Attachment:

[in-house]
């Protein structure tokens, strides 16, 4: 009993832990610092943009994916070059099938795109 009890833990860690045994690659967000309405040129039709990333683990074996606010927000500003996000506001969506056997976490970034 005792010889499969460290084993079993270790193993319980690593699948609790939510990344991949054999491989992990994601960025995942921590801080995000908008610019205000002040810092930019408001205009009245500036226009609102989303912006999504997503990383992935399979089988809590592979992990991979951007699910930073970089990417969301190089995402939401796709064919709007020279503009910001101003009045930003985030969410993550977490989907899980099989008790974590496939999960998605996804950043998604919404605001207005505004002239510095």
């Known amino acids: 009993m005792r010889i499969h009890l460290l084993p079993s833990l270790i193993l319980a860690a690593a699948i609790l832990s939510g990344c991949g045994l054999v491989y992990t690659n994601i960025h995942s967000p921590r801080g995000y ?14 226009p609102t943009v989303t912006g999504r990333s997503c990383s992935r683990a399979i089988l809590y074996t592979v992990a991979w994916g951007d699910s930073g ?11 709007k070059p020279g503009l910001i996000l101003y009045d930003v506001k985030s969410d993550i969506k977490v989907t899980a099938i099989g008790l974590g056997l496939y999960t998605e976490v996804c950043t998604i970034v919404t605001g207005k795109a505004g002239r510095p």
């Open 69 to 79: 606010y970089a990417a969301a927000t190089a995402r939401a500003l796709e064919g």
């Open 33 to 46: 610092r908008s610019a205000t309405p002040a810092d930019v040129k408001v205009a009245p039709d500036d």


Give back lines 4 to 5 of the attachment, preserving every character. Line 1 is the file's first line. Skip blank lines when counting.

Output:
């Open 69 to 79: 606010y970089a990417a969301a927000t190089a995402r939401a500003l796709e064919g």
């Open 33 to 46: 610092r908008s610019a205000t309405p002040a810092d930019v040129k408001v205009a009245p039709d500036d």